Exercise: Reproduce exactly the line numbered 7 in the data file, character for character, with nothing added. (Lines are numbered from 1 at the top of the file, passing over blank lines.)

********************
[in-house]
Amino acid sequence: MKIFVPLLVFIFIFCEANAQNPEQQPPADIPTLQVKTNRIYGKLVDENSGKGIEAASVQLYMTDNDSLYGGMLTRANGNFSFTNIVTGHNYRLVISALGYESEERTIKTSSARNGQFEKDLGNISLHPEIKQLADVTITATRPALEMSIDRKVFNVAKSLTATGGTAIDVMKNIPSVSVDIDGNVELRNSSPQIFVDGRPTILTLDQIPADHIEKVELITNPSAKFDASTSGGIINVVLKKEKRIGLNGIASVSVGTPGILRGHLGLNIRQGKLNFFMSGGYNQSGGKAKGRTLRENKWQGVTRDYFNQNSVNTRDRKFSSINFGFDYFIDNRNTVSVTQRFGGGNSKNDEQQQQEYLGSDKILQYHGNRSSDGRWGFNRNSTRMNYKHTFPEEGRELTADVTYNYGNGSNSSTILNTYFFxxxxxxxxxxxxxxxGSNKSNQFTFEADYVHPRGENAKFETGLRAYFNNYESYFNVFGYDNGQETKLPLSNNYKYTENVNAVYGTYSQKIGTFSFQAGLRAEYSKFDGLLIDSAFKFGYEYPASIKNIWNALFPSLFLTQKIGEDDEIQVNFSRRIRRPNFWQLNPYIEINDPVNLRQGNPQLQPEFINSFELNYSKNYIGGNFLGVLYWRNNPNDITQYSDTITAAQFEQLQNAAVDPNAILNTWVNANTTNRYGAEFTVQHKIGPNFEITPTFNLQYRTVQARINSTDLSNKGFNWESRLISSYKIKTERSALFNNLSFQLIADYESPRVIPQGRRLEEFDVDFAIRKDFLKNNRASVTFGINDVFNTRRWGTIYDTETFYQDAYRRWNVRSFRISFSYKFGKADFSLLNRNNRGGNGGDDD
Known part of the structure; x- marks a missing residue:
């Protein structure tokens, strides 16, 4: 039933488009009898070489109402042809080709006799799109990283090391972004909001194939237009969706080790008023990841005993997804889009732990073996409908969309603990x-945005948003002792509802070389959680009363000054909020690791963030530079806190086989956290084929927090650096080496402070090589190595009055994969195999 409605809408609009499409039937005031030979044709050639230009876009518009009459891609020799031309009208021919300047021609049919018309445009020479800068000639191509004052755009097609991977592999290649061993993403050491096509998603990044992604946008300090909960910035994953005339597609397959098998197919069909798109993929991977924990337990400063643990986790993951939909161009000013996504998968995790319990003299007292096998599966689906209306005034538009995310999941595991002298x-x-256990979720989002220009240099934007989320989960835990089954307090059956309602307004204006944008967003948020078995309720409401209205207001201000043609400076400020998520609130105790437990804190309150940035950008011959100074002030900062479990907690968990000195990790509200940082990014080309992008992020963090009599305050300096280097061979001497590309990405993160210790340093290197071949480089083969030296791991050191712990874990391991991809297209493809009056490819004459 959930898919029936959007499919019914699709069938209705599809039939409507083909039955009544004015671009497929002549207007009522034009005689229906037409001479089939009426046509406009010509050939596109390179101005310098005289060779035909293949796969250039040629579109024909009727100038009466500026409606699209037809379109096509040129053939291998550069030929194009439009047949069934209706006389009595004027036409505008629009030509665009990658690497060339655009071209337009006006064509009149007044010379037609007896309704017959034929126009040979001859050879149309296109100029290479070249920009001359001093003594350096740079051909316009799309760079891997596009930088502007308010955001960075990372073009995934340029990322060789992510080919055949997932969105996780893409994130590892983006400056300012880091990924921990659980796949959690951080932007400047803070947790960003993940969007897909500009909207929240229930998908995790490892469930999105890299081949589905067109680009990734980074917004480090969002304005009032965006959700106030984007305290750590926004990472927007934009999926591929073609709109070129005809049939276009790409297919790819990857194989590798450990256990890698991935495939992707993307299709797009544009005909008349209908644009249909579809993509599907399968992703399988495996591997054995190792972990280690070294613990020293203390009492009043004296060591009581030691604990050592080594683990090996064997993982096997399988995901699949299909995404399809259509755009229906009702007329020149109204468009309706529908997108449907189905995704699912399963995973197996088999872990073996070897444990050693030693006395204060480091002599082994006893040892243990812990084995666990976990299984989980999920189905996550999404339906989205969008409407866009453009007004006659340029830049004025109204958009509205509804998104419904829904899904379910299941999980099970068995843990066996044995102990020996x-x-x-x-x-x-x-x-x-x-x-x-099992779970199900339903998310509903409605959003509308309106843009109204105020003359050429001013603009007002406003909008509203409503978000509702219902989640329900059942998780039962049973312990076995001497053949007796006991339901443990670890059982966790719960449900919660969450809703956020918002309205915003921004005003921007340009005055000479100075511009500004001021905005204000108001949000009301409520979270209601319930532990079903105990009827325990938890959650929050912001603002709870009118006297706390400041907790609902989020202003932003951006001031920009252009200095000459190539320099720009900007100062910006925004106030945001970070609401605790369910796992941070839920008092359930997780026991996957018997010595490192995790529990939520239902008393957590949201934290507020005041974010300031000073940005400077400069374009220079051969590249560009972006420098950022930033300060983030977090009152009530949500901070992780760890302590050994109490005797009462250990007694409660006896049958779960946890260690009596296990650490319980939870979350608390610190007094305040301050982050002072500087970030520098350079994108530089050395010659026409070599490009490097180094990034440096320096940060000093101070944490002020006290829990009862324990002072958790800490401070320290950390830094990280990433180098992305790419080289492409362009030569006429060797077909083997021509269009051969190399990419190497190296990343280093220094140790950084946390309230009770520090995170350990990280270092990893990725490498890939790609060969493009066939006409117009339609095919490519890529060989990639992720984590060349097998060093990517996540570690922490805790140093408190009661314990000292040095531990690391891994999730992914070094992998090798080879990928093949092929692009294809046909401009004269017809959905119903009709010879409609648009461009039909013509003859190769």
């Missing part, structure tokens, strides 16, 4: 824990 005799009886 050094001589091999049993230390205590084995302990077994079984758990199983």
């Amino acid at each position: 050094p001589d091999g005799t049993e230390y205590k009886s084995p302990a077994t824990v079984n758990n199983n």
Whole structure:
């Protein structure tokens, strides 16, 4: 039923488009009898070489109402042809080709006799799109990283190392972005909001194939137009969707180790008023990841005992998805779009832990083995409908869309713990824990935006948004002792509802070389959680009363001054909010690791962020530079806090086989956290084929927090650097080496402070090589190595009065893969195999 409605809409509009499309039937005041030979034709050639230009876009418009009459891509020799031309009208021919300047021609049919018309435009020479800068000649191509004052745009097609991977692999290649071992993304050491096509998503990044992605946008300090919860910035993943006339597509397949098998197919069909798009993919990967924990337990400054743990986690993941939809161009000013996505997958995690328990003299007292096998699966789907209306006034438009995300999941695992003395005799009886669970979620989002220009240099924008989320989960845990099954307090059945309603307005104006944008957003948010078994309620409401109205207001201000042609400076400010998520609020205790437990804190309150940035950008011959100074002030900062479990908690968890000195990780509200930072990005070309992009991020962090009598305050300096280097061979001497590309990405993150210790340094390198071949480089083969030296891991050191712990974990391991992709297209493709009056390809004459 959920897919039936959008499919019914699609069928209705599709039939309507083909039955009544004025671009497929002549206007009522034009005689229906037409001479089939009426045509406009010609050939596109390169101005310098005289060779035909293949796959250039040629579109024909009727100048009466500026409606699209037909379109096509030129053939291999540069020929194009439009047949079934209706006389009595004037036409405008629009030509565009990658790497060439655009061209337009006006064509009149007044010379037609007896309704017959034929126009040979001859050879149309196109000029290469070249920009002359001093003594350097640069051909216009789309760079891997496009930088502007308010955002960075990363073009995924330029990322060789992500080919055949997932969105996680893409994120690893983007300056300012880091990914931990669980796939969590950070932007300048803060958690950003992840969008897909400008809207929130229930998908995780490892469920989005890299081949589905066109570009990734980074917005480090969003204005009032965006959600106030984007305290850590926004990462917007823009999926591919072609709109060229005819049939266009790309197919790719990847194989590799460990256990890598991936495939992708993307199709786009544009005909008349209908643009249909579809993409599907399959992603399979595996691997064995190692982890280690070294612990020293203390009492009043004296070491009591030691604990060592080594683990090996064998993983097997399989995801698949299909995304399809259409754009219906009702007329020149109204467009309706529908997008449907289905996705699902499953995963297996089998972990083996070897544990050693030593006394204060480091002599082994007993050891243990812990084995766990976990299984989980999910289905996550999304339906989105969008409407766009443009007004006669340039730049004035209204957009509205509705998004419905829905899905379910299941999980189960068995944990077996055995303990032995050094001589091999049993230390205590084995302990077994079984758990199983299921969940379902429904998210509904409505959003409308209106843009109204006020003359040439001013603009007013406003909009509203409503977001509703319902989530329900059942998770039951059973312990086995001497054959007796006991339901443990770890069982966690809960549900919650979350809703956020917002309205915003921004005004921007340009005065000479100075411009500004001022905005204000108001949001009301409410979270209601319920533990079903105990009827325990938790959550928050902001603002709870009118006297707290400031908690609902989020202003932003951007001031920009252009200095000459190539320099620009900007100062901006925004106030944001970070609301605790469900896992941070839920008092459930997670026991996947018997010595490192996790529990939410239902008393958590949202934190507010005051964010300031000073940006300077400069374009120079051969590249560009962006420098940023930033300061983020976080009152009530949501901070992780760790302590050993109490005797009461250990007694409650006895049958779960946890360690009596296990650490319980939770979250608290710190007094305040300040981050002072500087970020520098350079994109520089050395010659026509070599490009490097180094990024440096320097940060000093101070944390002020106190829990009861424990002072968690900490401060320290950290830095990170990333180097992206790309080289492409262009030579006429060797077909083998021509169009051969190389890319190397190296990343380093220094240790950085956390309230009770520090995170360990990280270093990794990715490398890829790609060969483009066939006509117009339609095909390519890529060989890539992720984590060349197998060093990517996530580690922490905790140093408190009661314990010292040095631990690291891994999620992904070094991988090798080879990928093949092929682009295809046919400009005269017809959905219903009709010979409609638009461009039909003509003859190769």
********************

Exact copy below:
Whole structure: